US electric car maker Tesla is studying the possibility of building a lithium refinery in Texas and is seeking tax breaks from the state to complete the project, according to documents made public Friday.
While the project is only in the feasibility stage, Tesla said the factory on the Gulf coast would be the first of its kind in North America, producing an element critical to the batteries used in the growing EV market.
In an application sent to the Texas Comptroller at the end of August and made public on Friday, Tesla said the plant “will process raw ore material into a usable state for battery production.”
The finished product, battery-grade lithium hydroxide, would be shipped by road and rail to various Tesla battery plants throughout the country.
Construction could begin by the end of the year with production staring by the end of 2024.
The company led by billionaire Elon Musk stressed that “Tesla is still evaluating the feasibility of this project” which is in a “very preliminary” phase, so no contracts have been signed and no permits have been issued for construction.
The decision to go ahead “will be based on a number of commercial and financial considerations, including the ability to obtain relief regarding local property taxes,” the document said.
The cost of the project has not been quantified.
Tesla also is studying the possibility of building a similar site in the state of Louisiana as an alternative.
Tesla’s proposed project comes amid soaring lithium prices due to strong demand for the component, essential for making electric batteries.
Musk complained about the rising costs in a tweet in April, and hinted at the possibility of moving into production.
“Price of lithium has gone to insane levels! Tesla might actually have to get into the mining & refining directly at scale, unless costs improve,” he said on Twitter.
China, Australia, Chile and Argentina, where the world’s largest lithium resources are located, dominate the market for the production and exploitation of this highly coveted mineral.
JPEX crypto fraud casts shadow over Hong Kong nascent policy
Crypto investor Jenny first learned about digital assets at a Hong Kong store that promoted cryptocurrency exchange JPEX in March — but by September she was among more than 2,000 “inexperienced” victims police said the platform had defrauded.
“Many of my classmates and friends went all in with our investments,” Jenny — not her real name — who lost “six figures” in Hong Kong dollars, told reporters.
“We never thought it would be a scam.”
The scandal surrounding JPEX has so far seen 11 arrests of company staff and affiliated influencers this week for “conspiracy to defraud”, with victims’ losses exceeding $175 million.
JPEX’s downfall is casting a shadow over Hong Kong’s embrace of digital assets, with experts saying it has revealed regulatory gaps just three months after the rollout of rules requiring crypto exchanges to get licensed and meet investor protection standards.
The Securities and Futures Commission last week issued a warning against the platform, saying it falsely advertised itself as “licensed” and showed suspicious features like very high returns.
In response, JPEX halted its return-generating products and imposed sky-high fees on withdrawals.
Police on Monday conducted a high-profile raid of 20 premises — including crypto businesses and private homes — seizing cash, computers and luxury handbags.
Two telecommunications service providers confirmed Thursday they complied with police to block access to JPEX’s website.
Investigators are probing whether JPEX conspired with influencers and shops to play up the platform’s legal status and the value of JPEX-issued virtual coins.
“Victims often had a ‘fear of missing out’ mentality and impulsively believed in advertisements… (But) there is no such thing as a free lunch,” said senior superintendent Kung Hing-fun, describing the scale of the case as “shocking”.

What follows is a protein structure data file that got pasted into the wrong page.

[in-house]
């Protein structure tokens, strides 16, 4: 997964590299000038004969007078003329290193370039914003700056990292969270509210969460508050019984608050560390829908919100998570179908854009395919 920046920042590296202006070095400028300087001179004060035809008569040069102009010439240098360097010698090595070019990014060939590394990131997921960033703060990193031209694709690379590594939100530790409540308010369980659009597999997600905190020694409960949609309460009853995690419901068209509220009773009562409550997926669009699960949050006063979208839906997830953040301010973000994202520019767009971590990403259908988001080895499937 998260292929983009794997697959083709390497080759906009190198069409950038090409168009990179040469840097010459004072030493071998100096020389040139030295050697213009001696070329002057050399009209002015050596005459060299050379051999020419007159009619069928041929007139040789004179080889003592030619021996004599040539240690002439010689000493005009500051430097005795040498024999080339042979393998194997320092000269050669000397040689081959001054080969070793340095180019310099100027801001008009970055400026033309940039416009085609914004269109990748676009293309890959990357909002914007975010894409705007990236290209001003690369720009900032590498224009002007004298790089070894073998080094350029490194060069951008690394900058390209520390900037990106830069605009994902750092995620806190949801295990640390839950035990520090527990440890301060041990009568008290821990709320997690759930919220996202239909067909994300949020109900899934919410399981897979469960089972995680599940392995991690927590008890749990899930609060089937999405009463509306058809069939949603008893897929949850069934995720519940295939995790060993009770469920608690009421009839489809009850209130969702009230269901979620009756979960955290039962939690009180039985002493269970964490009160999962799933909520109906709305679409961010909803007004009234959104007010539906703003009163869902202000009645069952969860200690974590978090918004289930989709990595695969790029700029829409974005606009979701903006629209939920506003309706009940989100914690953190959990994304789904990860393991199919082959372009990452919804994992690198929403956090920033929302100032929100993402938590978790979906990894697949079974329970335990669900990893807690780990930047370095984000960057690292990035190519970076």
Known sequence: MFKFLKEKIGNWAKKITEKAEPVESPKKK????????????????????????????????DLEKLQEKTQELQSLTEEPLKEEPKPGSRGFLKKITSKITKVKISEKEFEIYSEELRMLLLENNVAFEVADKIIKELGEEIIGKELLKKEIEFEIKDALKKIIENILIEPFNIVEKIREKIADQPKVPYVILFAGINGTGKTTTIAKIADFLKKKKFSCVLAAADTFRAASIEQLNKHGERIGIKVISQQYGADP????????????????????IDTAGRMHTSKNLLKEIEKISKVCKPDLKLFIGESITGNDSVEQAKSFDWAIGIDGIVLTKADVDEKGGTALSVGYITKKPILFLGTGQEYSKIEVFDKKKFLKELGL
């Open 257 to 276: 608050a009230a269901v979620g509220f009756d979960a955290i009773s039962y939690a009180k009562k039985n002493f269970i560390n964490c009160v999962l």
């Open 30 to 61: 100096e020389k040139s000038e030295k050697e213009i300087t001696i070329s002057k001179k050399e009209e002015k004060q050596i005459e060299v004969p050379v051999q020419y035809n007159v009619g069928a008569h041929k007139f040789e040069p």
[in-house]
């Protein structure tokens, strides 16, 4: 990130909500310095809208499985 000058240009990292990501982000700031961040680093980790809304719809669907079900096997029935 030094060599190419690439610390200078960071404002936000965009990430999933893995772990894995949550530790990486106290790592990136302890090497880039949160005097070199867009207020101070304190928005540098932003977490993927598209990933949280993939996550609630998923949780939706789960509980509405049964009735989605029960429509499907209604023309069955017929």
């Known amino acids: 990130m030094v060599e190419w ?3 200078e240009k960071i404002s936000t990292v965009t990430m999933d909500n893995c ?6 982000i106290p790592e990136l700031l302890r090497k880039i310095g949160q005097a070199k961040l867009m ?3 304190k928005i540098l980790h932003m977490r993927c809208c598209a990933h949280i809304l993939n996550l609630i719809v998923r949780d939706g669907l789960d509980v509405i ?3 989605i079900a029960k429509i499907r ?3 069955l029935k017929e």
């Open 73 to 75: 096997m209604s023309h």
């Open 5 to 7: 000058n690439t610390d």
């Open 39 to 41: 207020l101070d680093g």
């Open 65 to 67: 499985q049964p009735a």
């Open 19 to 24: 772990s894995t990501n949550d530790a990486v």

JPEX — headquartered in Dubai according to its website — has blasted the regulatory action as “unfair” and “biased”.
It has not responded to multiple AFP requests for comment.
– ‘Rogue players’ –
Crypto trading is outlawed in China but Hong Kong, which has its own financial regulations, received Beijing’s backing to pursue ambitions to become a digital asset hub.
In contrast, regulators in the United States have cracked down on the sector following the implosion of FTX last year, which lost investors billions and sparked a “crypto winter”.
Kristi Swartz, a fintech lawyer at DLA Piper, said Hong Kong faced a difficult balancing act as it needed to entice crypto businesses while installing guardrails to protect retail investors.
The licensing system enacted in June targets exchanges but excludes over-the-counter (OTC) brokerages — brick-and-mortar businesses outwardly resembling money changers — which Swartz called a “loophole”.
As for the enforcement actions against JPEX, Swartz said regulators were “a little bit heavy-handed perhaps, but I think it’s the right message to send”.
“This is an area where you’ve got a lot of rogue players.”
Some of the OTC businesses are endorsed by popular influencers and host classes where victims like Jenny are subjected to high-pressure sales tactics.
She said the store where she first learned about blockchain felt “like a big family”.
A Hong Kong crypto business owner who requested anonymity told AFP that JPEX offered hefty incentives to partner with OTC shops, including better exchange rates and subsidies for advertisement and rent.
– ‘Wake-up call’ –
Regulators on Tuesday admitted they “do not have a number on how many OTC shops are actually operating in Hong Kong”.
Clara Chiu, a former director of licensing at the SFC, told AFP such shops were less popular when she drafted Hong Kong’s fintech rules in 2019, and so were not prioritised.
“It is time for us to consider stepping up and expanding our licensing and supervision regime to OTC crypto stores,” Chiu said, citing the stores’ more “aggressive” marketing lately.
Carlton Lai, head of blockchain and cryptocurrency research at Daiwa Capital Markets, said the scandal “could be a wake-up call” for authorities.
“More regulations are probably needed on OTC shops, from the standpoint of anti-money laundering and know-your-customer” — but governing influencers will be tough, he said.
Despite the crackdown, JPEX unveiled a “stakeholders dividend plan” on its website Wednesday that let users vote — and invest — in the company’s future.
“Even in the face of such oppression and unfair treatment, our platform will continue to operate as usual,” it said.
US farmers, tech tycoons square off over plans for utopian city
A stealth campaign by Silicon Valley elites with a dream of turning a swath of California farmland into a new age city has ranchers who live here challenging their tactics and their motives.